Although the linguistic debate continues, the two characters within the simplified Chinese word for “crisis” (危机) are often interpreted as signifying danger and opportunity. Everyone would agree that there is plenty of “danger” right now - to our health, families and jobs - but the organizations that create an opportunity will be the quickest to recover and the most competitive in the long run.

McKinsey calls these organizations the “Resilients.” In their analysis of the 2008 recession, they found the companies that thrived had two attributes: speed and discipline. “Speed” in being more decisive in implementing change in response to triggering events, and “discipline” in using data to guide those decisions.

When it comes to speed and discipline, there are actions companies can take now that won’t just help them get through the crisis, but accelerate their recovery and improve their long-term competitiveness

. These include:

  • Anticipating risks before they consume cash and resources
  • Evaluating markets and locking in pricing now, before demand and allocation dictate costs
  • Democratizing data by bringing insights to the professionals who can make the decisions and have the tools needed to take action.

In reality, there is no one simple answer. There are however, simple ways to act that doesn’t just minimize damage, but creates opportunities. We’ve learned in our personal lives that flattening the curve minimizes the depth and longevity of a crisis. Why not apply we the same logic to our operations?

Rajesh Kalidindi

Founder & CEO

March 27, 2020

Introducing the Supply Management Manifesto

Right now, global manufacturers are purely (and understandably) in reaction mode to a pandemic that’s swept the world with unprecedented speed. Addressing emergency supply shortages and figuring out how to manage an entirely remote team are appropriate responses to this fluid situation.

It’s also time to recognize that the coronavirus is not a stand-alone event, but the continuation of a trend towards volatility, complexity and uncertainty. Consider that in the span of a few months we’ve gone from the brink of US-China trade war, to a global pandemic, to the start of an economic downturn. The coronavirus is an emergency, but it’s also an example of a systemic shock that will likely be repeated with increasing frequency.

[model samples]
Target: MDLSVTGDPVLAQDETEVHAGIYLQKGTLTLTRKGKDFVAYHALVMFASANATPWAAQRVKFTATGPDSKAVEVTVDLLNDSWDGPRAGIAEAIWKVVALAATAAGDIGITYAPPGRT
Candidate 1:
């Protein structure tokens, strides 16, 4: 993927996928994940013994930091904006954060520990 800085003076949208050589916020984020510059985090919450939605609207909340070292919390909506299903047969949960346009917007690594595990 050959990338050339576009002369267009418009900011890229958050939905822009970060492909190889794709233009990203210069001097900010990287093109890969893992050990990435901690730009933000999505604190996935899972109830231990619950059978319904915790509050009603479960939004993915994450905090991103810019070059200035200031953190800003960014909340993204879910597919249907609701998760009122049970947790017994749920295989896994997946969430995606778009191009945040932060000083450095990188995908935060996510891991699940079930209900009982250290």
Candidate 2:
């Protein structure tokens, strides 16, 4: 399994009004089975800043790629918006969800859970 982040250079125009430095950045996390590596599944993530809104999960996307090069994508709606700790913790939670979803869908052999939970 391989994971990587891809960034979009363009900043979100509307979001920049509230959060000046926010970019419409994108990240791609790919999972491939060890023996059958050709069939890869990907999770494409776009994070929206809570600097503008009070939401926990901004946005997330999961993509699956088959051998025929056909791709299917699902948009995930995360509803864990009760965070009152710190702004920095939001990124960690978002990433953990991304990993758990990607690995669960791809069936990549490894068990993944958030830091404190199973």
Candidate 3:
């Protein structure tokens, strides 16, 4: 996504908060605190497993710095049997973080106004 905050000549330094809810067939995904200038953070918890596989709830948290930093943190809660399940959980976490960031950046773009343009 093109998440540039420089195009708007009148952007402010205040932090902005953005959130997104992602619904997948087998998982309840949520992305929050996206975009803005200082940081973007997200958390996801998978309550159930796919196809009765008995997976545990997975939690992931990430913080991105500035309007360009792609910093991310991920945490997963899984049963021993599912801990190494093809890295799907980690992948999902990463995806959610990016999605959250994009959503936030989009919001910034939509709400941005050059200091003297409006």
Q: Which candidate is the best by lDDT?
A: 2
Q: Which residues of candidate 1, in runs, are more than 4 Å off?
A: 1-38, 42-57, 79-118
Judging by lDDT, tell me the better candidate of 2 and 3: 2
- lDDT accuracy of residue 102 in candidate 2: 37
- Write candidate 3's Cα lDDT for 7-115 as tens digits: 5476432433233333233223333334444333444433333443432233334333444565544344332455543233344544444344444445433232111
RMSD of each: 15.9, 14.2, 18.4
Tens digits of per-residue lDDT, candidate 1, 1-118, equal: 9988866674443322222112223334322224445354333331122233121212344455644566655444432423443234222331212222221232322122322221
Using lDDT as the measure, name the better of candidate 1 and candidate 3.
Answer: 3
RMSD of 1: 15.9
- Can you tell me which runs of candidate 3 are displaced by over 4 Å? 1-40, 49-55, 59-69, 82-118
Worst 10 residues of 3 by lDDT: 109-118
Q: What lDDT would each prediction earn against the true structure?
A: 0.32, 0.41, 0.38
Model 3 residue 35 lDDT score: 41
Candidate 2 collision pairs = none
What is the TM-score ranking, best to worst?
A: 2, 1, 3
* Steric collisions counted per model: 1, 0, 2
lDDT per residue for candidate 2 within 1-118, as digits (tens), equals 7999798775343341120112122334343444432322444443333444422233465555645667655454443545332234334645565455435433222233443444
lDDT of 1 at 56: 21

This crisis can serve as a wake-up call for supply management to develop a new approach that’s agile and resilient. If we don’t go beyond war rooms and tiger teams to develop a system that detects risk events and recommends actions, we’ll inevitably face another emergency with limited options.

The New Role for Supply Management: Margin Protectors

The greatest opportunity for supply management isn’t becoming better at managing inherent supply risk, but in redefining their role and relevance to the company’s future. In addition to giving teams a better foundation for controlling costs, a new approach would give supply management a greater opportunity to protect and grow margins.

In volatile times and economic downturns, increasing product margins will be critical to driving growth for global manufacturers.

Although this is never an easy task, my experience as a sourcing operator and tech company founder suggests that with the help of cognitive technologies, many enterprises have room to lift margins by one to three percent.

A New Approach

A full, digital transformation of sourcing, procurement and NPI is required to build an agile supply management system, but issues surrounding culture, perception and organizational structure also need to be addressed. That’s why I’d like to present the opportunity facing supply management not as a process to adopt, but a set of beliefs to embrace: Supply Management In The Age of Volatility: A Manifesto

Supply Management as an Engine for Growth

While no one welcomes the coronavirus or risk events that’ll follow, supply management has a unique opportunity to showcase their value by driving growth despite an economic downturn.

Sourcing and NPI teams will face an incredible amount of pressure, but the technology to help them drive their company’s next stage of growth is available now.

Rajesh Kalidindi

Founder & CEO

March 26, 2020

Vulnerability is Exposed in Volatile Markets